A brutal read on British imperialism, exploitation and coercion

NewsA brutal read on British imperialism, exploitation and coercion

M.J. Akbar meticulously explains in the book how British racism was of the worst kind, as seen during the Britishers’ treatment of the Anglo Indians, ostensibly because the mothers of their children were Indian. It seemed to the author that British racism distorted all values that existed in India.


I think it is important to talk about Britain’s exploitative, racist imperial attitude while it ruled India, its brutal savagery and vindictiveness, before I open up M.J. Akbar’s brilliantly researched tome, Doolally Sahib and the Black Zamindar: Racism and Revenge in the British Raj (Bloomsbury India). What the British did to India was nothing but a shamelessly long record of rapacity, a litany of exploitation and theft. And eventually, the Government of India Act of 1858 led the British crown to assume direct control. It was then the British rulers—actually—started plundering India’s thriving manufacturing industries.
I would like to toss some numbers here. For the record, India’s share of world manufacturing exports under British rule fell from 27% to 2%. The comment of the Marquess of Salisbury, secretary of state for India in the 1870s, that “India is to be bled” is now quoted by various writers across the globe. Robert Clive, commander in chief of British India in the mid-18th century, triggered the destruction of the Indian economy. The Indian shipping industry was destroyed, Indian currency manipulated while tariffs and regulations were skewed to favour the British industry. At the end of the 19th century, India was Britain’s biggest source of revenue. It was a brutal story of British imperialism and enormous revenue earned through exploitation and coercion.
Now let’s focus on Akbar’s book. His work reflects his brilliant political and historical acumen and his ability to highlight facts with eloquence and irresistible conviction. In chapter after chapter, Akbar explains how Indians were hijacked by the British condescension—he calls it an illicit affair between exalted idiosyncrasies and unwary subjugation. The author explains how the British sweet talked in India, proffering their trade propaganda to the Rajas and Maharajas, but slowly insinuating their dominion over states and their emergence as a strategic colonial power. The British caravan finally ended with a fissiparous division of the land in 1608 when the East India Company reached Surat, a land on the western coast; a chasm of culture, dialect, etiquette and perceptions. The book has some real testimonies of Colonel Thomas Broughton who totally abhorred certain tentacles of Indian faith. The book traces the stark reality of racism and revenge during the British Raj which jolted Indians out of shape, slicing the ground under their feet. Akbar explains how viciously the British wanted total control of the subcontinent, and how the British ruled with total prejudices and polarization.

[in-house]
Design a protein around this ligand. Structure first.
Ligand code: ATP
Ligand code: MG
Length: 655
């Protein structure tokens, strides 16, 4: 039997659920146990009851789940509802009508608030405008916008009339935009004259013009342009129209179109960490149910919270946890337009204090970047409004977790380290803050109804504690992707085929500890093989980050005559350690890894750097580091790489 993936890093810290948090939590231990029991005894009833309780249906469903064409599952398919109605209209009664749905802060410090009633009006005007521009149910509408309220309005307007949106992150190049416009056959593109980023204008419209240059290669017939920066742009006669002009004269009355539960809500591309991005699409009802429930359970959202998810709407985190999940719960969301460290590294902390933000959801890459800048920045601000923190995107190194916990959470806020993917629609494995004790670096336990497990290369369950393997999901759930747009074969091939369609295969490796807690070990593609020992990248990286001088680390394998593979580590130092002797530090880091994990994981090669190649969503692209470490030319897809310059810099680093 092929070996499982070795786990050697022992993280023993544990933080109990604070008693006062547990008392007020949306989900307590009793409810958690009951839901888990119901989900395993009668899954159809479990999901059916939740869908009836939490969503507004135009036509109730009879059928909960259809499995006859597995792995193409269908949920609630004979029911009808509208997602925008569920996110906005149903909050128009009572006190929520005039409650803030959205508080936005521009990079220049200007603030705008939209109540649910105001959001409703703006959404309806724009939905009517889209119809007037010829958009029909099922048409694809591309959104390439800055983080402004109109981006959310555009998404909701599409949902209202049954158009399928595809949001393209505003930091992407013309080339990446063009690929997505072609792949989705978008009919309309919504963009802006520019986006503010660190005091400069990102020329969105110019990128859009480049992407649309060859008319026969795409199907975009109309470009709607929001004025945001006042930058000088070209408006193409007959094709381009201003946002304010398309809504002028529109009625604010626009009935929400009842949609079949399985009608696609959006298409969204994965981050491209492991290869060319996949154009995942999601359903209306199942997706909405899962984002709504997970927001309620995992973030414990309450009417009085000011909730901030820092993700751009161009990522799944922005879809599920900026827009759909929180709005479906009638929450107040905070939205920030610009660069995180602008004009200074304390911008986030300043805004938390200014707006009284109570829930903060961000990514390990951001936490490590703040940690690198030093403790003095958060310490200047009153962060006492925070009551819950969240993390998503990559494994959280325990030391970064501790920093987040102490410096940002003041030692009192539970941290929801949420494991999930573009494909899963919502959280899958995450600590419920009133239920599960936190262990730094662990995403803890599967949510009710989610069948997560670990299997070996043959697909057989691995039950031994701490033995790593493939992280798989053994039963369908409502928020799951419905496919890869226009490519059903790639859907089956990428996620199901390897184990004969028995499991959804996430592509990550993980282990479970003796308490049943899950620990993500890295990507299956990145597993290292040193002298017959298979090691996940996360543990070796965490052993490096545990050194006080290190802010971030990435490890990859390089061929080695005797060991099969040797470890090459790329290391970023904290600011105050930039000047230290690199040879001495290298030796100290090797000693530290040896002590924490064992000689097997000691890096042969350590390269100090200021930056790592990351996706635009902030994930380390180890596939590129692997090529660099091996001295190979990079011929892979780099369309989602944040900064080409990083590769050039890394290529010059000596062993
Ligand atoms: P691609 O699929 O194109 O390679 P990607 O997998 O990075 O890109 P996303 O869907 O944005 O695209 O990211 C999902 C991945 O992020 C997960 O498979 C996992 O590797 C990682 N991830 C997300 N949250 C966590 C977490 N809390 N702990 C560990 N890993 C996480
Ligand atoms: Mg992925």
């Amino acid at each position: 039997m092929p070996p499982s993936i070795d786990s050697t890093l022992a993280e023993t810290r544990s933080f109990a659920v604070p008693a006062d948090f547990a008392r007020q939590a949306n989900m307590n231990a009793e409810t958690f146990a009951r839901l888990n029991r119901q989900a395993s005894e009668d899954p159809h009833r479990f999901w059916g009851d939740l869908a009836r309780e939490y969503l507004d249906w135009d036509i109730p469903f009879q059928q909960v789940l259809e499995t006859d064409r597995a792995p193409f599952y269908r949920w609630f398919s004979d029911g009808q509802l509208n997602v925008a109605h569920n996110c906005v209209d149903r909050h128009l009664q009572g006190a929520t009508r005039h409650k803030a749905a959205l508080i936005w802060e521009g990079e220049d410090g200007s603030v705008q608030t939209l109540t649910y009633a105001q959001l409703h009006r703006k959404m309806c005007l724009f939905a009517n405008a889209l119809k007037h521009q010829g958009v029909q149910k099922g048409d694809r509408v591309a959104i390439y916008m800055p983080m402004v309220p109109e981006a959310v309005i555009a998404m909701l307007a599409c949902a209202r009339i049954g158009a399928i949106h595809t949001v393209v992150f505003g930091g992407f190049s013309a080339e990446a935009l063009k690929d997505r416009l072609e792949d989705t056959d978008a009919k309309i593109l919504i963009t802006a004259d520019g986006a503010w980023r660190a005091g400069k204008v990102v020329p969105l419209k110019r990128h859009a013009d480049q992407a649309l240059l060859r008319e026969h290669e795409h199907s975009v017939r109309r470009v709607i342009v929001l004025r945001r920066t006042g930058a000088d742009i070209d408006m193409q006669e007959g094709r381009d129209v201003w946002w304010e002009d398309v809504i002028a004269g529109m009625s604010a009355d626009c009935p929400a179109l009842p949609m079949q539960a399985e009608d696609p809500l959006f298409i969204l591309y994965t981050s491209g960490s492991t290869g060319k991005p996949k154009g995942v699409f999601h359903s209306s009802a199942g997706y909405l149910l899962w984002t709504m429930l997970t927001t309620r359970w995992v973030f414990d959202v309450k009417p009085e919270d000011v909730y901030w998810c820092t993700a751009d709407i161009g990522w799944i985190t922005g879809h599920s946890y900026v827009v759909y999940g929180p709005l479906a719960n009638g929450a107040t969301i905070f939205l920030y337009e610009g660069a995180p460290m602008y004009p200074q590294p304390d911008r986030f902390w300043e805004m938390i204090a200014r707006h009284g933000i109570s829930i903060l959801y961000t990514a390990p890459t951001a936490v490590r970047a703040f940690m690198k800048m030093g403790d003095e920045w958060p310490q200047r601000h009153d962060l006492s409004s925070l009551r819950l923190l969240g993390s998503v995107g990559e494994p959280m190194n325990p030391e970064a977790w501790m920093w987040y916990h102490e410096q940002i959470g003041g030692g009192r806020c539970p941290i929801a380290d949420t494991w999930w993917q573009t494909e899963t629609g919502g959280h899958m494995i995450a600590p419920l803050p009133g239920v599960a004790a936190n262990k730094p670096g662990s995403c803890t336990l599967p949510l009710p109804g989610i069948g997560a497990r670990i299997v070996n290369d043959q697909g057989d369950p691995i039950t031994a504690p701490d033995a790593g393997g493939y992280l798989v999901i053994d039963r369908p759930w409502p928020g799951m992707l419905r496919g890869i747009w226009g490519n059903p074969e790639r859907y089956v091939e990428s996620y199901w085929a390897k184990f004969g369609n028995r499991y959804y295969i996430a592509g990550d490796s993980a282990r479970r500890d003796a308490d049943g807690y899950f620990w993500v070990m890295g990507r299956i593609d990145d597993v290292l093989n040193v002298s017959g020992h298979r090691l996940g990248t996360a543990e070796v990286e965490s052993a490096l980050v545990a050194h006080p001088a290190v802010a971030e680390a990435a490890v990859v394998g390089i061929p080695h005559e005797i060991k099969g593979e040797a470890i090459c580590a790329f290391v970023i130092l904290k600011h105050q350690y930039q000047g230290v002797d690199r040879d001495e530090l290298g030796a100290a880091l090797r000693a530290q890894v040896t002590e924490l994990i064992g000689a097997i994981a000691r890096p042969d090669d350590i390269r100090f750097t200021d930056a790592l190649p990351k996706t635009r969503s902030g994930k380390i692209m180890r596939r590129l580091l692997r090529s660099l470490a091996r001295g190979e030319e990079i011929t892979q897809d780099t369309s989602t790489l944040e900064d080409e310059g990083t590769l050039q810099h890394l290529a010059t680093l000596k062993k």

In his detailed scripting of the life of Indians under Mughals and British, the author notes that while the Mughals, till Aurangzeb, blended a fine net of harmony and humorous culture to help safeguard the integrity of India and help it prosper, the British acted ruthlessly, violently. The Britishers, sadly, kept Indians at bay in every possible way. Akbar rightly says the Mughals served India, the British looted India. This was, perhaps, the biggest trigger of both revenge and revolt by the Indians against the British.
Akbar has told his friends and a few journalists that the idea of this book emerged from his studies of the British Raj and its policies. He researched deeply for his book on Mahatma Gandhi and Mohammed Ali Jinnah. And, almost instantly, Akbar found great examples of the brutal economic exploitation by the British rulers, and how their cultural imperialism had a deep, invasive impact on Indian lives. What was appalling to him was the absolute denigration of Hindus and Muslims. It was only during the British rule in India that the Hindus were seen as emblems of backward heathen superstition, and Muslims symbols of barbarism.
Akbar finds it horrifyingly wrong. His research shows the culture of power in India had some striking common chords among rulers of all faiths. It was before the British started their rule in India. Akbar in his book cites the case of Emperor Akbar and says he was best remembered because he was an exemplary ruler. And then, the author explains how a similar culture of harmony existed across India, a chapter details the harmony that prevailed in the Scindia court at Gwalior in the 18th and 19th centuries and during the great Sikh empire of Maharaja Ranjit Singh. Akbar says it was quintessentially the Indian philosophy of power and the Mughal rule succeeded only because it assimilated into a common Indian culture.